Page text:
State v. Storm, COA22-685, ___ N.C. App. ___ (Jun. 6, 2023)

In this Guilford County case, defendant appealed his conviction for felony conversion of property by bailee, arguing he did not qualify as a bailee under the law. The Court of Appeals agreed, vacating the judgment. 

In 2017, defendant accepted a check for $17,500 from an acquaintance (the alleged victim), and promised to invest the money on her behalf. Defendant had previously told the acquaintance that he was a financial advisor, and the agreement to invest the money was memorialized in a promissory note between the parties. After several months, defendant stopped responding to the victim’s communications about the money. The victim reported the issue to the Greensboro Police Department, and a detective conducted an investigation, including an interview with defendant. The investigation determined that defendant had never created an investment account for the money, and defendant no longer had the funds. Defendant was tried in February of 2022 for several charges, but after the trial court dismissed a computer access charge and an embezzlement charge, he was only convicted of felony conversion of property by bailee.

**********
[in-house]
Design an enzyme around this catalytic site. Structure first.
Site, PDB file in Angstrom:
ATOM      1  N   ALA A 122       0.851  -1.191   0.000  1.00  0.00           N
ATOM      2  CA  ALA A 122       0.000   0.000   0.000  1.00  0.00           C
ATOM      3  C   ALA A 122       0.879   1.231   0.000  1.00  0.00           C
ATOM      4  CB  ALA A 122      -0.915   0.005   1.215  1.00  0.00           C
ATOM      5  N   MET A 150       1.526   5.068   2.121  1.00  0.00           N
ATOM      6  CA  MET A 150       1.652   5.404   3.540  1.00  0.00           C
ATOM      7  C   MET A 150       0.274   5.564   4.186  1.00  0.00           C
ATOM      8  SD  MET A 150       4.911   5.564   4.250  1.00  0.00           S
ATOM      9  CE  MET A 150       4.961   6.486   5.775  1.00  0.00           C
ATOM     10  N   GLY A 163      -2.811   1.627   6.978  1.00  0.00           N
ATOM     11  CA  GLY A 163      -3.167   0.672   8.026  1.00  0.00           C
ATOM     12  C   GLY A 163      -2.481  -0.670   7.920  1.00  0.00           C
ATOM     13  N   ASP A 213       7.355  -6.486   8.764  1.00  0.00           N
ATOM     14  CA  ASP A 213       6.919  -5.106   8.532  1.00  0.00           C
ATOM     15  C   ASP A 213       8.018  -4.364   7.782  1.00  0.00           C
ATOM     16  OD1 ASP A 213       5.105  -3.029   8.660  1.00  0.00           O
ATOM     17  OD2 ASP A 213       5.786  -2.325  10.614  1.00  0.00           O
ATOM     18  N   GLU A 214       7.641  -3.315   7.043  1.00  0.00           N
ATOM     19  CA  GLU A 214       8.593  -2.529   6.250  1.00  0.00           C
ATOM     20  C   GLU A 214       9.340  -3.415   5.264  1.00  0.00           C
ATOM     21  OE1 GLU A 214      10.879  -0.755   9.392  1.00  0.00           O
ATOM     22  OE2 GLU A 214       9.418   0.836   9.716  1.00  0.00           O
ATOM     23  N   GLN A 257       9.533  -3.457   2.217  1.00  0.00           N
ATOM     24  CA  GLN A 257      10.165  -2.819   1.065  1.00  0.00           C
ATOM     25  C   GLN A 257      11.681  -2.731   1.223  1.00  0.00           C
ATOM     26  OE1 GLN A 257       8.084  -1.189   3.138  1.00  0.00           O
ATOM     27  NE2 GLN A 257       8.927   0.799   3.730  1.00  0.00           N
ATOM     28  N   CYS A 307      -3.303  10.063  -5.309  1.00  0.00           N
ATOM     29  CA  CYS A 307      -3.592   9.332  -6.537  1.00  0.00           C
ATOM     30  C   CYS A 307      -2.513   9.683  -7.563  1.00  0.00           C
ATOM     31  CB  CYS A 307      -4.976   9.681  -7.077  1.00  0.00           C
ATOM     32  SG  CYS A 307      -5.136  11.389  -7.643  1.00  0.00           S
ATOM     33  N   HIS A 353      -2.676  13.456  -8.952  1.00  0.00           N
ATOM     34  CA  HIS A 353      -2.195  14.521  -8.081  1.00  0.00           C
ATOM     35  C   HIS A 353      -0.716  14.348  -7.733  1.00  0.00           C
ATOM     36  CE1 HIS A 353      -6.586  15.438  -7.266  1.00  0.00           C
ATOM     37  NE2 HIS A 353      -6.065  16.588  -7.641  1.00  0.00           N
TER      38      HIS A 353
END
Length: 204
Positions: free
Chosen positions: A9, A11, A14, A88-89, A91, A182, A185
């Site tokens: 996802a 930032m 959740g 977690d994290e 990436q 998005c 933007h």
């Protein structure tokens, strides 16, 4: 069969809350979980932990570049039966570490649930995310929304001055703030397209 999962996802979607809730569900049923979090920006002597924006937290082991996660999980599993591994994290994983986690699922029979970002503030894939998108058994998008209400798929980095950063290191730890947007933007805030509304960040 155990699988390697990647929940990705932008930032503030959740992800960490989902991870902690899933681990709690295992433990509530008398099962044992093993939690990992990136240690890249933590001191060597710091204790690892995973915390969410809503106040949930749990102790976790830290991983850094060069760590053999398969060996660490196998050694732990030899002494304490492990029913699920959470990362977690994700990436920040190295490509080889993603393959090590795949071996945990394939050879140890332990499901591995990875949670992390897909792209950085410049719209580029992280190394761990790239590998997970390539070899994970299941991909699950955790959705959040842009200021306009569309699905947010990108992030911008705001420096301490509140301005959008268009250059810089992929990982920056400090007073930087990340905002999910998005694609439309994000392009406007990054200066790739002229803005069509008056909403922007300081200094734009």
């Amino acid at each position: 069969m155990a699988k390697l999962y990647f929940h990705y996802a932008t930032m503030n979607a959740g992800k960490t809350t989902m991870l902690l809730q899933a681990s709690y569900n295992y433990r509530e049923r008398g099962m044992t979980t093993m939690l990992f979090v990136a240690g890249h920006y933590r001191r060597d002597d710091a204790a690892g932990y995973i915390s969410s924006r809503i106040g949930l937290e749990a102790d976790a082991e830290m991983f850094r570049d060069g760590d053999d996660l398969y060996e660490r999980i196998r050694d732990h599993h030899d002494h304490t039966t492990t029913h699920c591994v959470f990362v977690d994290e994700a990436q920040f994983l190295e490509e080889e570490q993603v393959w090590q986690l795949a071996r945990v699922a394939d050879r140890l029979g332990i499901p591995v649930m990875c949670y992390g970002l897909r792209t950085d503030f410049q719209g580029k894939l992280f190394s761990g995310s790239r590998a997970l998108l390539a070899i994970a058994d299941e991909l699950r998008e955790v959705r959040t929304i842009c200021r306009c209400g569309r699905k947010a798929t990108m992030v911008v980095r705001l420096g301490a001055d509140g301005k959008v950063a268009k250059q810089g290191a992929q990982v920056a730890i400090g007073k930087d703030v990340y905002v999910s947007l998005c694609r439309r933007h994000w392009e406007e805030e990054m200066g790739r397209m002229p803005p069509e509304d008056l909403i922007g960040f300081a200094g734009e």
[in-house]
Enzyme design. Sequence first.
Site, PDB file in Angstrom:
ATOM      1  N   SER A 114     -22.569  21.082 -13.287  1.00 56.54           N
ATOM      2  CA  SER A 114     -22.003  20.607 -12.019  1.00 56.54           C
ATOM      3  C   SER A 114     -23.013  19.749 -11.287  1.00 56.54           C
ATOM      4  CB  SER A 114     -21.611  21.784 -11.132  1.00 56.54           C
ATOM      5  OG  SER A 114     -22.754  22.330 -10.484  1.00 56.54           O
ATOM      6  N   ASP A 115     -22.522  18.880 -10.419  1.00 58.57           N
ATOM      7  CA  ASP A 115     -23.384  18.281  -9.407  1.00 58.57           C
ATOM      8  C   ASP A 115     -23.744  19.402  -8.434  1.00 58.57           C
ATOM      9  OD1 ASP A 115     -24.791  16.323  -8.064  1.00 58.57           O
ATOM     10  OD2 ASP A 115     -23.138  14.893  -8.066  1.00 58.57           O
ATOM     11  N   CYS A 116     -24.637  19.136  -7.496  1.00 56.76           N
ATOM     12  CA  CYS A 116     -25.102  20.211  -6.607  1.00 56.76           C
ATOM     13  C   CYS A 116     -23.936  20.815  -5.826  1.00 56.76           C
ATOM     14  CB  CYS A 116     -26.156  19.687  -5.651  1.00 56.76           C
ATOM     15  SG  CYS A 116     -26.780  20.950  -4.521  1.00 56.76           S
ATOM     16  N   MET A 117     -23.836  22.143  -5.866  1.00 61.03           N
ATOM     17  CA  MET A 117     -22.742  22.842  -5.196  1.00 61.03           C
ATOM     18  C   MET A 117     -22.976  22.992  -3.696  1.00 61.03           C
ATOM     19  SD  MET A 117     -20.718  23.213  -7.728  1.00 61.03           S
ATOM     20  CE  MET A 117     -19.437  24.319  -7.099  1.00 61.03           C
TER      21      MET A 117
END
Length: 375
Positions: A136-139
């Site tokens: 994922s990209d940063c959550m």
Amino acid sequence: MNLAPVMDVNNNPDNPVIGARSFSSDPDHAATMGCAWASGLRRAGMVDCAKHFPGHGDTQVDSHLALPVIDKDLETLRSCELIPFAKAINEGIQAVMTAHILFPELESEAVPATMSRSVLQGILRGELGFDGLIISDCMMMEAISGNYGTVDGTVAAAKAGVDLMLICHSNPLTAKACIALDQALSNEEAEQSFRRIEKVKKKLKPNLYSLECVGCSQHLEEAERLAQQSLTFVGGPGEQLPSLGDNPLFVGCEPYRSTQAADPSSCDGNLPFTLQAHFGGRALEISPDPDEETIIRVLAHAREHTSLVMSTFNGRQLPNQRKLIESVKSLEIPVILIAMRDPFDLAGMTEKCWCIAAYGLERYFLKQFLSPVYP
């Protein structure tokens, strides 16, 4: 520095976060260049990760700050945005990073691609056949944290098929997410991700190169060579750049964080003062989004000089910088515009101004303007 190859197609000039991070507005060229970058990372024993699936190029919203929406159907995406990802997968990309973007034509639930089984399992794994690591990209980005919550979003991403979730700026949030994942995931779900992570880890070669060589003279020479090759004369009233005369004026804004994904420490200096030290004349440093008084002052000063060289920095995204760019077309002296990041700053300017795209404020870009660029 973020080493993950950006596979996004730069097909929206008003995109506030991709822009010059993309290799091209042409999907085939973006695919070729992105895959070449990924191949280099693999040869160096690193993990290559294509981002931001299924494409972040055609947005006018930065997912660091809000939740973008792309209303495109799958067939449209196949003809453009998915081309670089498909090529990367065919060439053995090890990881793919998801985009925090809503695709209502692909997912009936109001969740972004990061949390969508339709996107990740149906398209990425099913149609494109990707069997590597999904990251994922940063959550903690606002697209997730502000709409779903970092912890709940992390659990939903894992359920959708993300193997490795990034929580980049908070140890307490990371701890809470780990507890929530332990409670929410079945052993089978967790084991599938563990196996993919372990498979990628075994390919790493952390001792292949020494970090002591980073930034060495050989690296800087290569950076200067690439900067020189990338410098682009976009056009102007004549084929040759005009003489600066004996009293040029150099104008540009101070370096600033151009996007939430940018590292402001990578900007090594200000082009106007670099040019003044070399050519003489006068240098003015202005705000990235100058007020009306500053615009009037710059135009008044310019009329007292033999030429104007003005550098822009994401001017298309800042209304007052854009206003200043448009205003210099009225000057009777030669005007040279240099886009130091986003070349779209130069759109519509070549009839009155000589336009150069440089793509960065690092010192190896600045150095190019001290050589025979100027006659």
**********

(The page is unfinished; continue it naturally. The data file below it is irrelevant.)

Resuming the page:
Taking up defendant’s argument that he was not a bailee, the Court of Appeals first looked to the language of G.S. 14-168.1 and relevant caselaw. The court noted that “[t]raditionally, the object of bailment is a specific item of real property,” and that older North Carolina caselaw used the term “chattel” in this context. Slip Op. at 7. Normally the court would look for a relationship where a bailee controlled property for a limited purpose and had agreed to return that specific property. Because the nature of a bailment agreement is usually one party holding and returning a specific item of property (in the same or some altered form), money is not normally the subject of bailment. Caselaw supported the principle that “whether a bailment relationship has been created with respect to money depends on whether the agreement requires the use of ‘exact funds’ as opposed to treating the money as fungible.” Id. at 9. Here, the financial advisor relationship did not satisfy that test, as “[d]efendant was neither obligated nor expected to return the exact check given to him,” and “he was entrusted with a complex series of decisions concerning the investment of the funds as a fungible asset.” Id. at 11. Because defendant was not a bailee, he could not be convicted under the applicable statute. 

Judge Arrowood concurred in the judgment only by separate opinion, recommending the Supreme Court of North Carolina revisit the concept of bailment and the return of “exact funds.” Id. at 12.